Principal Investigator: Prof. Dr. Bettina Gockel
Research Coordinator: Dr. Sophie Junge
Research Group: Dr. Nanni Baltzer, Dr. Catherine Berger, Laura Gronius, M.A., Nadine Jirka, MA, Dr. Thilo Koenig, Dr. des. Patrizia Munforte, Dr. Marc-Joachim Wasmer
Associate Member: Dr. des. Caroline Fuchs
Research Period: September 2015–March 2018
Funding: Dr. Carlo Fleischmann Stiftung; Dr. h.c. Kaspar M. Fleischmann Project to Support Research on Photography
Collaboration Partners: Swiss Institute for Art Research SIK-ISEA, Zurich, Switzerland; Heidelberg University Library, Germany; Keio University Art Center, Keio University, Tokyo, Japan; Museum of Modern Art, Hayama, Japan; Associate curator Chinatsu Makiguchi, The National Museum of Modern Art, Kyoto, Japan;
Prof. Dr. Naoki Sato, Tokyo University of the Arts, Japan
International Advisory Board: Prof. Dr. Hubertus Kohle, Ludwig-Maximilians-Universität Munich, Germany; Prof. Dr. Tanya Sheehan, Colby College, U.S.; Prof. Dr. Blake Stimson, University of Illinois at Chicago, U.S.; Prof. Dr. Deborah Willis, New York University, U.S.
Research Aims and Objectives
The magazine Camera Work, published in New York from 1903–1917 and dedicated to the advancement of photography as art, enjoys the status of a modern icon in the history of photography and the history of art writ large. Still, the quarterly has never been properly investigated with advanced methodological and technological approaches. For the first time, this project analyzes Camera Work in its entirety as total work of art, including imagery across various media, the specifically photographic interplay between original and reproduction, interrelations of image and text, and international networks of people and discourses. In a first major step, Camera Work Pilot Project: Digitalization of an International Medium of Photography and Art, all fifty regular and three special issues of Camera Work are digitized to the highest standards in collaboration with the University Library Heidelberg. On the basis of the technically and structurally sophisticated tool thus produced, the group of researchers embarks on further in-depth research. The next stage of the project, Camera Work—Inside/Out: Past, Present, and Future of an International Medium of Art and Photography takes an innovative position to question the conventional categorization of the magazine between the poles of Pictorialism and modernism and analyzes the journal with particular focus on its internationality which manifests itself in the pages of the journal, its sphere of influence, and its history of collecting. The shared interest in interlinked referentiality connects both stages of the project and points back to the object of analysis itself. A series of public talks and workshops (Camera Work Colloquium) complements the project which is also extended over a range of Teaching Activities.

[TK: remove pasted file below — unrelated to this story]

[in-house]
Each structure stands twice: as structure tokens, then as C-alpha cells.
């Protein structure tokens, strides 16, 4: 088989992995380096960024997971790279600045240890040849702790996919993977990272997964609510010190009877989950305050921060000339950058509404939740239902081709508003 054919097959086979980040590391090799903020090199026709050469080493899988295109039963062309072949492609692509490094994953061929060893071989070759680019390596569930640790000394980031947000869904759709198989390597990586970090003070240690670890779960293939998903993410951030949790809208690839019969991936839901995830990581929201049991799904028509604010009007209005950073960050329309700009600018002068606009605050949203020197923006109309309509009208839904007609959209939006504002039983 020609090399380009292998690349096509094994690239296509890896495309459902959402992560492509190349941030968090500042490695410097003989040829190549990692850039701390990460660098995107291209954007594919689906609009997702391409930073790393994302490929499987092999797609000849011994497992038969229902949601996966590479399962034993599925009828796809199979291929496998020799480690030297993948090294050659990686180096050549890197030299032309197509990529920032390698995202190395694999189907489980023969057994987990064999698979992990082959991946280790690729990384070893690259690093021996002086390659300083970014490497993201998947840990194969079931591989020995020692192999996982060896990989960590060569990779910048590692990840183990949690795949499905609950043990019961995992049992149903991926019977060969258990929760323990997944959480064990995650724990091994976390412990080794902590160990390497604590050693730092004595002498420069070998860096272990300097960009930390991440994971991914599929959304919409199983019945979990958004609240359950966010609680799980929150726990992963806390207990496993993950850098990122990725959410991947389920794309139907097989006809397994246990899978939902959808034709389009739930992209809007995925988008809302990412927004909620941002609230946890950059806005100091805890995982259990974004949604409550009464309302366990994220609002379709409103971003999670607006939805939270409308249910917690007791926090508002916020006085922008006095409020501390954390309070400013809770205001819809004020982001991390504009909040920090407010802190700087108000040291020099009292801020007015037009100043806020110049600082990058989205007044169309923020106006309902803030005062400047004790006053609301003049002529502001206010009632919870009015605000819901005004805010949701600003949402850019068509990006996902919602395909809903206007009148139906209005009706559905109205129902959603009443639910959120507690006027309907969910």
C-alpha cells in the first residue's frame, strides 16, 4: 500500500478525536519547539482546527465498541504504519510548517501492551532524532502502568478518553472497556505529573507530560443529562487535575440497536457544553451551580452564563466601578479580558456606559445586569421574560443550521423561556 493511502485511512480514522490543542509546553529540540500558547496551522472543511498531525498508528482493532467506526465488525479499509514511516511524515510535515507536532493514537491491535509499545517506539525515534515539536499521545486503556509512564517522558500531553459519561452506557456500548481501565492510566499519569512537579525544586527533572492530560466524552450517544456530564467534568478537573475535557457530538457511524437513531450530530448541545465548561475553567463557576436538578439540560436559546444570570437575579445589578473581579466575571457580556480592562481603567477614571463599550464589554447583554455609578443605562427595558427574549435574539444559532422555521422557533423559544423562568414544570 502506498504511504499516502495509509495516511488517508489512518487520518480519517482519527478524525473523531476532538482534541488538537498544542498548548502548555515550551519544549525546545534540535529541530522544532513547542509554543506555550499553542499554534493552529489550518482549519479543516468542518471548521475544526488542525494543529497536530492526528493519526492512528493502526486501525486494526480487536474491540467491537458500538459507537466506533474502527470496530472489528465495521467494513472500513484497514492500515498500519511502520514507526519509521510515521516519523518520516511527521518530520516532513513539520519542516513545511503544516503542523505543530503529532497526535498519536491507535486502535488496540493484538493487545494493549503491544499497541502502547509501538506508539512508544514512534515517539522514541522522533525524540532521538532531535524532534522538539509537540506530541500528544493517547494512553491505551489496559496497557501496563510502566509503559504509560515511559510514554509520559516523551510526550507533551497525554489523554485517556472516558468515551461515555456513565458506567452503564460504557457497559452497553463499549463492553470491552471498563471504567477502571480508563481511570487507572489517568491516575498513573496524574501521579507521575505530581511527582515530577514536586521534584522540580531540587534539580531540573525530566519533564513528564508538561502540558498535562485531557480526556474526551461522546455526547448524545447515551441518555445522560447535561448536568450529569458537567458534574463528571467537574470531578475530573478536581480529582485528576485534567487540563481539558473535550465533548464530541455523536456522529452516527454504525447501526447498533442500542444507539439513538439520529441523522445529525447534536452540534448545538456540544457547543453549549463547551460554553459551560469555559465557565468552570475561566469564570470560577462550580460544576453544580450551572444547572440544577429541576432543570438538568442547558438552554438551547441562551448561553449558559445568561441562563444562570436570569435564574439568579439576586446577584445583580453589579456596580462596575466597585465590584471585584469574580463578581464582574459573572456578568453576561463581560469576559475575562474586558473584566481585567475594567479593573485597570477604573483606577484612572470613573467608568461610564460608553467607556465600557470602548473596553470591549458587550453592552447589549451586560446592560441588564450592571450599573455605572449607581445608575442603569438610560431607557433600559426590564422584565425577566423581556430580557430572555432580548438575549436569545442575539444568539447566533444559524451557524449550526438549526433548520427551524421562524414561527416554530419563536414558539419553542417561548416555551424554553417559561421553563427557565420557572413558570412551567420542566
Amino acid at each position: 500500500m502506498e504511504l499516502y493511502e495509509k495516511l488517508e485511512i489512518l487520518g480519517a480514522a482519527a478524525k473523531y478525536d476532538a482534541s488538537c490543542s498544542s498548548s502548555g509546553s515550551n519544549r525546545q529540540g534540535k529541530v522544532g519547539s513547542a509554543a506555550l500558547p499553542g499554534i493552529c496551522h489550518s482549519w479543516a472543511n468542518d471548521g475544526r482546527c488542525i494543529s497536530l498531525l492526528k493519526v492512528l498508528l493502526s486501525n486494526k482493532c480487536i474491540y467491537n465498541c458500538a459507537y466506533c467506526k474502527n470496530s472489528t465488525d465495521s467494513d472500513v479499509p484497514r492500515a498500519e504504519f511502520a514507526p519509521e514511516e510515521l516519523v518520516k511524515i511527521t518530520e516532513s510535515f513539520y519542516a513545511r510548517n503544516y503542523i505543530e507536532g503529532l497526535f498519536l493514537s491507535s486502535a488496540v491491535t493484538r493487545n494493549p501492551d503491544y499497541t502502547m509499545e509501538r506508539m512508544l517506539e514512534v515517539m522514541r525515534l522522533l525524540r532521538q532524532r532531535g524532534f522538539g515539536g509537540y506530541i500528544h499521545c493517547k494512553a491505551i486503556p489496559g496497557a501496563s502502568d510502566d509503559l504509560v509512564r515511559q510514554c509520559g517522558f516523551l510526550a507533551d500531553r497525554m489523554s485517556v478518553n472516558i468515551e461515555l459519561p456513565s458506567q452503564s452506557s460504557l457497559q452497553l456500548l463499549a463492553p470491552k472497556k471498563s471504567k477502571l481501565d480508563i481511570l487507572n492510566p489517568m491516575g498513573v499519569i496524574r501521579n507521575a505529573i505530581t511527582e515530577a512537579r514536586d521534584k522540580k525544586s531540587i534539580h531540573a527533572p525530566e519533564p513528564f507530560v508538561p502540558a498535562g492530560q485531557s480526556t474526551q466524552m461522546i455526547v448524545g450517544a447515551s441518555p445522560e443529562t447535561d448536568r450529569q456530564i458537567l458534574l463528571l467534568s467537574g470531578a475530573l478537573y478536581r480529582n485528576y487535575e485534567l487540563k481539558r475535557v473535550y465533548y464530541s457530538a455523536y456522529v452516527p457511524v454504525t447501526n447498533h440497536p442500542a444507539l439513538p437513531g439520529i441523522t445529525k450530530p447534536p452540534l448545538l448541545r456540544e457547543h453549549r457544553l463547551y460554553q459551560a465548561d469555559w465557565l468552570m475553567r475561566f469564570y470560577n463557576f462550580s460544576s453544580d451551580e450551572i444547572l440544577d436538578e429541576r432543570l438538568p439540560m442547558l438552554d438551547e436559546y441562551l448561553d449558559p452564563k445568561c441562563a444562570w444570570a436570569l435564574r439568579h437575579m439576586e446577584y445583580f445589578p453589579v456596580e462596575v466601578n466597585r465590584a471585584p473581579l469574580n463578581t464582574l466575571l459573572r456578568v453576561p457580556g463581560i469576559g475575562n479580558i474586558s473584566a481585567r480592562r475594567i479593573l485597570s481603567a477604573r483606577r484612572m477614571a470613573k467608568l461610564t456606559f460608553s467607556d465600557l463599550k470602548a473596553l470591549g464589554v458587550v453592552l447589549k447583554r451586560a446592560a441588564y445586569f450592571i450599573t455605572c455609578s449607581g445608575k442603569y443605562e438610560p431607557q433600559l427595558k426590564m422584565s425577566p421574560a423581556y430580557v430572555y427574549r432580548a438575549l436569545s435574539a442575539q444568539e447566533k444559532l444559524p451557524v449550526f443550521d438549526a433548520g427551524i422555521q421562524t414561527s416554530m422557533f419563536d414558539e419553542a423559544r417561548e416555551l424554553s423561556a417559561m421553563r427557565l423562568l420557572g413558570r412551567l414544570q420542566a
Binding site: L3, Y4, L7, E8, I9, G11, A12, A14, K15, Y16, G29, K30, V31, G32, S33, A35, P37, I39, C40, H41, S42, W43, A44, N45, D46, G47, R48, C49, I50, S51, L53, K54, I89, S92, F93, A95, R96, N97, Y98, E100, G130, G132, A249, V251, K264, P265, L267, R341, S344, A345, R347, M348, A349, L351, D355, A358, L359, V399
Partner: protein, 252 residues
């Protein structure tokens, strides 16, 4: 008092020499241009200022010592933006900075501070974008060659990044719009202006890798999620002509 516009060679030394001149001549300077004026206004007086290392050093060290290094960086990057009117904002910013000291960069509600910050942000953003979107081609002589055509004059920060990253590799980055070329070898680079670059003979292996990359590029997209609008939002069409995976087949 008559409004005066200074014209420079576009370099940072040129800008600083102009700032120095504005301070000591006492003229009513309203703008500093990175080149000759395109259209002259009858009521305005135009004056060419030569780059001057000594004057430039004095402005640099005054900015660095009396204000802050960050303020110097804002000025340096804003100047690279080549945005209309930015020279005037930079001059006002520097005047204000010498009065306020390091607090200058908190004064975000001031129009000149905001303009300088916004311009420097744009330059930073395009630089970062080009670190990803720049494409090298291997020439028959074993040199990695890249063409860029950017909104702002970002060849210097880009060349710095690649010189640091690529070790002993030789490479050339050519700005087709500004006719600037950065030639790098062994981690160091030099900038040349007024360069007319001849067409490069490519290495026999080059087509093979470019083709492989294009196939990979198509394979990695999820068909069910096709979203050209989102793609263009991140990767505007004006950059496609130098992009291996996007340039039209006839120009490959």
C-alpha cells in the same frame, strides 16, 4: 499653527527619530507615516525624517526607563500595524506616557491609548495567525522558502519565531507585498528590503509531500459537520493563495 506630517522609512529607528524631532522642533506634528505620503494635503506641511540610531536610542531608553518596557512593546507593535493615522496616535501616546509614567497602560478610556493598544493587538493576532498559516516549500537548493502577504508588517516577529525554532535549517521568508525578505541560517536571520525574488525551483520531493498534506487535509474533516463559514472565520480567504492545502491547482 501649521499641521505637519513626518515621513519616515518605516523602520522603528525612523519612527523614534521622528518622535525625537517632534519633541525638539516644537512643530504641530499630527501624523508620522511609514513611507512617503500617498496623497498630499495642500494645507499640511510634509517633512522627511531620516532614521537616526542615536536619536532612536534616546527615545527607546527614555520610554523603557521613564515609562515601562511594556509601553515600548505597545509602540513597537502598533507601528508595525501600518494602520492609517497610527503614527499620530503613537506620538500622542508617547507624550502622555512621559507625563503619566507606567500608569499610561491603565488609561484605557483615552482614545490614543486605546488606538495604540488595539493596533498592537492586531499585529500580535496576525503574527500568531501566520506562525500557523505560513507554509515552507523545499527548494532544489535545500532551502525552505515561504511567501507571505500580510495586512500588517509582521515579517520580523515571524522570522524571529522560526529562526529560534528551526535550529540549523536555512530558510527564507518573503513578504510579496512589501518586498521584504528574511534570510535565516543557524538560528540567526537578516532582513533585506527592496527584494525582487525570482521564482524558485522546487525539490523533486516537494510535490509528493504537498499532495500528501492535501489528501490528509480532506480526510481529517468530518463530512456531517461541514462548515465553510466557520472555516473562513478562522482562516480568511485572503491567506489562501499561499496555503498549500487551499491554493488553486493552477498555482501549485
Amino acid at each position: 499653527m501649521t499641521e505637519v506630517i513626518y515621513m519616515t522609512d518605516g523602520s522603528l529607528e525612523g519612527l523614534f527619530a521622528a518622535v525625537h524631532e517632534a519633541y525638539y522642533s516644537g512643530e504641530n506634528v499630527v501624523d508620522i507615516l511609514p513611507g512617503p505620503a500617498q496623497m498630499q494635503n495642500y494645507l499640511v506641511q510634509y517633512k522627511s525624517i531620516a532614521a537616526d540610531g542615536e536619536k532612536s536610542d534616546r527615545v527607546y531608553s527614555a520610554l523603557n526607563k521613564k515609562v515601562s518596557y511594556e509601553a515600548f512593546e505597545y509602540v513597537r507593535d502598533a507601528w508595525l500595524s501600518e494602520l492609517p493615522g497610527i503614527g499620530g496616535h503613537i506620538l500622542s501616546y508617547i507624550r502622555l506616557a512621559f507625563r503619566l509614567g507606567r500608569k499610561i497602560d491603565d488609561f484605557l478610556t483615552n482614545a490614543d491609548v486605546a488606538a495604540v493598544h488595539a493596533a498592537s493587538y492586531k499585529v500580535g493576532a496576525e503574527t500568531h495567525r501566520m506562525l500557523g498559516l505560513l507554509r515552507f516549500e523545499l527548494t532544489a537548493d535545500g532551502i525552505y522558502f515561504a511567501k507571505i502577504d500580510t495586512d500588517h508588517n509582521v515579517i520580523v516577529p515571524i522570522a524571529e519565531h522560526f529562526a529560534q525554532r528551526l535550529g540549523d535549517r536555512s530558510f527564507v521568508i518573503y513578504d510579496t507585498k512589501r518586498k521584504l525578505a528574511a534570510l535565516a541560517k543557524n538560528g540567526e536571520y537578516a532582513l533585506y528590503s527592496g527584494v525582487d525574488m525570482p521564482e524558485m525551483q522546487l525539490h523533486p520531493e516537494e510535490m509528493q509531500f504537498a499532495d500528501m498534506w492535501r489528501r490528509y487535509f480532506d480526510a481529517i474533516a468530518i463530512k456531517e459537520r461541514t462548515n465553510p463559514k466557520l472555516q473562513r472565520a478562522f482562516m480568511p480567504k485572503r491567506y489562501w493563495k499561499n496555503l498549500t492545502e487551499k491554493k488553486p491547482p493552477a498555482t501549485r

Camera Work Pilot Project: Digitalization of an International Medium of Photography and Art
The project is based on the generous long-term loan of a complete set of Camera Work from a private collection. In September 2015, a contract with the SIK-ISEA secured the correct storage of all 53 original volumes in their fragile condition after detailed material examination. One month later, the conference “The Colors of Photography” provided an opportunity to discuss the current state of research on Camera Work and possible new approaches with an international group of experts. The questions raised were further investigated at an international conference in June 2016, where digitalization as a tool to research art and photographic journals entered the debate as a central topic. It was resolved to conduct a systematic research project on Camera Work on the basis of a virtual work platform and to abandon initial ideas of an annotated edition. The research group set out to complete a comparative analysis of projects at universities and museums worldwide with a focus on those providing open access to Camera Work and related photographic collections and primary materials (see e. g. the Modernist Journals Project, a joint project of Brown University and The University of Tulsa; the collection of the Metropolitan Museum; The Alfred Stieglitz Collection of the Chicago Art Institute; The Art of the Photogravure). Further discussion of this project in a national context has been undertaken at a recent conference at the University of Zurich.